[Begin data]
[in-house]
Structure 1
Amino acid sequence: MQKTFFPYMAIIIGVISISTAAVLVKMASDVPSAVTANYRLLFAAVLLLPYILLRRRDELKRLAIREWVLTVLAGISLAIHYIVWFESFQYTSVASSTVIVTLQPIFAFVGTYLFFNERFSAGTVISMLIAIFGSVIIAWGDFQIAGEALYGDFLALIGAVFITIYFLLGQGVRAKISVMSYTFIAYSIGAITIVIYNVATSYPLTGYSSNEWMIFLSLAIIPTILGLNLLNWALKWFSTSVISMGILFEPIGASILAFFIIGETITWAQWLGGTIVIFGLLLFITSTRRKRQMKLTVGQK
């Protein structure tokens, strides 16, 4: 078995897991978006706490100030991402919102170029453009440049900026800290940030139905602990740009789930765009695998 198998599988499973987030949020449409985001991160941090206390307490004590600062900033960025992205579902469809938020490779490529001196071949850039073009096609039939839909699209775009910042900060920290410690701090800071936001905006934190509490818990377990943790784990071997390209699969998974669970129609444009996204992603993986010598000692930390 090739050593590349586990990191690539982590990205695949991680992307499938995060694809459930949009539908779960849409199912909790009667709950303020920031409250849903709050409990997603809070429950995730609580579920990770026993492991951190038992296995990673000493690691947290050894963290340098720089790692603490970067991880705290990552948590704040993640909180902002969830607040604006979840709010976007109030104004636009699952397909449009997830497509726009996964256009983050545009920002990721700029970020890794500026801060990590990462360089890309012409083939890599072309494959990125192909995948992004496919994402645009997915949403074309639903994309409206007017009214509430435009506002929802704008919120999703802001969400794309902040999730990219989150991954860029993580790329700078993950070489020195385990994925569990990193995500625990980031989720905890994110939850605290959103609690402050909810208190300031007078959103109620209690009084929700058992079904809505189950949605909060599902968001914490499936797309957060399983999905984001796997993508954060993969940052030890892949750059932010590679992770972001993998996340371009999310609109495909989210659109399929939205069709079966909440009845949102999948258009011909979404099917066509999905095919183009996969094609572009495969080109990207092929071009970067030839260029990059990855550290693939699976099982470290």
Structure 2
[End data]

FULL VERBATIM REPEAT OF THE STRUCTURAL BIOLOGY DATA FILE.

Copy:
[in-house]
Structure 1
Amino acid sequence: MQKTFFPYMAIIIGVISISTAAVLVKMASDVPSAVTANYRLLFAAVLLLPYILLRRRDELKRLAIREWVLTVLAGISLAIHYIVWFESFQYTSVASSTVIVTLQPIFAFVGTYLFFNERFSAGTVISMLIAIFGSVIIAWGDFQIAGEALYGDFLALIGAVFITIYFLLGQGVRAKISVMSYTFIAYSIGAITIVIYNVATSYPLTGYSSNEWMIFLSLAIIPTILGLNLLNWALKWFSTSVISMGILFEPIGASILAFFIIGETITWAQWLGGTIVIFGLLLFITSTRRKRQMKLTVGQK
């Protein structure tokens, strides 16, 4: 078995897991978006706490100030991402919102170029453009440049900026800290940030139905602990740009789930765009695998 198998599988499973987030949020449409985001991160941090206390307490004590600062900033960025992205579902469809938020490779490529001196071949850039073009096609039939839909699209775009910042900060920290410690701090800071936001905006934190509490818990377990943790784990071997390209699969998974669970129609444009996204992603993986010598000692930390 090739050593590349586990990191690539982590990205695949991680992307499938995060694809459930949009539908779960849409199912909790009667709950303020920031409250849903709050409990997603809070429950995730609580579920990770026993492991951190038992296995990673000493690691947290050894963290340098720089790692603490970067991880705290990552948590704040993640909180902002969830607040604006979840709010976007109030104004636009699952397909449009997830497509726009996964256009983050545009920002990721700029970020890794500026801060990590990462360089890309012409083939890599072309494959990125192909995948992004496919994402645009997915949403074309639903994309409206007017009214509430435009506002929802704008919120999703802001969400794309902040999730990219989150991954860029993580790329700078993950070489020195385990994925569990990193995500625990980031989720905890994110939850605290959103609690402050909810208190300031007078959103109620209690009084929700058992079904809505189950949605909060599902968001914490499936797309957060399983999905984001796997993508954060993969940052030890892949750059932010590679992770972001993998996340371009999310609109495909989210659109399929939205069709079966909440009845949102999948258009011909979404099917066509999905095919183009996969094609572009495969080109990207092929071009970067030839260029990059990855550290693939699976099982470290």
Structure 2